Entitled AMAZOMIX, this campaign will travel over the Amazonian shelf break and continental slope to study the impact of currents, the Amazon plume¹ and turbulent processes² on the structure and functioning of marine ecosystems from a physical, biogeochemical and biological point of view. The expedition will also trace the origin and distribution of pollutants, such as heavy metals and microplastics, and determine their role in the food chain.
What is the biodiversity at the mouth of the river? What is the influence of tidal waves on this ecosystem? For, if the Amazon brings a considerable load of water and sediments to the oceans, its mouth is little studied and many aspects remain to be discovered: biodiversity, from bacteria to predators, is poorly known; despite the turbidity of the waters, coral reefs are found in the area and the mechanisms at work have not been precisely identified; in addition to the impact of the Amazon, the effects of tides, that generate very energetic waves, and the consequences on the ecosystem are not properly described. The connectivity of species in the tropical Atlantic is not well understood: The Caribbean region is the most bio-diverse, and one of the hypotheses is that the Amazon plume, which can extend up to 3,000 km off the mouth, would constitute a barrier for some organisms.
To answer these questions, scientists from more than twenty disciplines in physics, biogeochemistry, and biology, led by Ariane Koch-Larrouy (UMR LEGOS) on land and Arnaud Bertrand (UMR MARBEC) at sea, will travel more than 6,000 km on the French vessel N/O ANTEA to collect data on abiotic – physical and chemical – and biotic compartments – from phytoplankton to large animals – using a wide range of tools (acoustics, optics, turbulence sensors, autonomous submarines, deep moorings, plankton nets and trawls, etc.). The biological samples will undergo numerous analyses (isotopic, genetic, etc.) and the concentration of pollutants, such as heavy metals or microplastics, will also be measured.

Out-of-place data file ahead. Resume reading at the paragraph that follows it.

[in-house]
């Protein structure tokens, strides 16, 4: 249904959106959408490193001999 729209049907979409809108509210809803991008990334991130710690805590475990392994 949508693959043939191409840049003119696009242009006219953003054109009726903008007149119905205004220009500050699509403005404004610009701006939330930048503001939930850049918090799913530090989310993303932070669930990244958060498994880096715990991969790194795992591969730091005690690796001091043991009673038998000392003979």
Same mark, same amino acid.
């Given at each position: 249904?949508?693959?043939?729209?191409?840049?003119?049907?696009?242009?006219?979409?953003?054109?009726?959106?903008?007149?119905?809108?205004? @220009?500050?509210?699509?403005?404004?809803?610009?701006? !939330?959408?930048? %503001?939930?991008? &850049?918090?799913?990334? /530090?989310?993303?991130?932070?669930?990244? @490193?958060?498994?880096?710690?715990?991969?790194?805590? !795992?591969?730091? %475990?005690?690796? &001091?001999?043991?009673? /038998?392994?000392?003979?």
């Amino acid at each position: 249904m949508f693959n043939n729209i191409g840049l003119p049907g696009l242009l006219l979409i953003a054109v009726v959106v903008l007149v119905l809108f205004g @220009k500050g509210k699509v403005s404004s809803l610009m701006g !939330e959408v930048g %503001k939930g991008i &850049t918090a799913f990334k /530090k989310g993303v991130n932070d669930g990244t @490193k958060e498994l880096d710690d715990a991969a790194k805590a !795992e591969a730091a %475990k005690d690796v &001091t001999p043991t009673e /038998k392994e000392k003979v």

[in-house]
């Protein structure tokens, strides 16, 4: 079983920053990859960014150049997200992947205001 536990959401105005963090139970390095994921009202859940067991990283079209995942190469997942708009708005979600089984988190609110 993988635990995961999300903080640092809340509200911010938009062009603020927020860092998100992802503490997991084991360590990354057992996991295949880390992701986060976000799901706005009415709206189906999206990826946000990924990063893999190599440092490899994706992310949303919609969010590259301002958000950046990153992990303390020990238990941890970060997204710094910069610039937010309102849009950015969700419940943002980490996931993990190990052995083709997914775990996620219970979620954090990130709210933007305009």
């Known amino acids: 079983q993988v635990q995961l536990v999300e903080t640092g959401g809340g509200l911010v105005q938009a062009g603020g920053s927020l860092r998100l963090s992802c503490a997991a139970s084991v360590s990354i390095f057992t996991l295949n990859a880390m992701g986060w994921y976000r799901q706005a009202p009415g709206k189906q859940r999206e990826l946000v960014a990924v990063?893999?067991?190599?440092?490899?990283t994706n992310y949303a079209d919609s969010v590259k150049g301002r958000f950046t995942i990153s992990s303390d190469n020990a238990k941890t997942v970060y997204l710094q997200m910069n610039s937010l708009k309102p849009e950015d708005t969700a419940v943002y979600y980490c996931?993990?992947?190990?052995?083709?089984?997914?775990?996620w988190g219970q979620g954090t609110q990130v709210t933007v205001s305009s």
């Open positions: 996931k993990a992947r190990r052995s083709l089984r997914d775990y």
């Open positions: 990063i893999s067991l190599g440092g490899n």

¹ Large volumes of fresh, turbid, nutrient-rich water of continental origin that are brought to the coastal strip. It is a place of high phytoplankton production that has beneficial effects on the entire food chain. ² Turbulent processes are the result of internal waves formed in the ocean; these movements lead to an irreversible mixing of waters and their properties. If turbulences are of the order of a few millimeters/centimeters, the currents that cause them concern scales of up to several thousand kilometers. These waves appear at the surface and propagate in the water column.
Follow the expedition
Journalists, specialists or simply curious people can follow the campaign with the hashtag #AmazomixScience and by subscribing to the following pages and profiles
English | Twitter @umrMARBEC
IRD, European France | Ariane Koch Larrouy | Ariane.email@example.com
IRD, Brazil and French Guiana | Arnaud Bertrand | Tel. and Signal +33 750341786 | firstname.lastname@example.org
IRD, Brazil Representation | Héloïse Benoit | email@example.com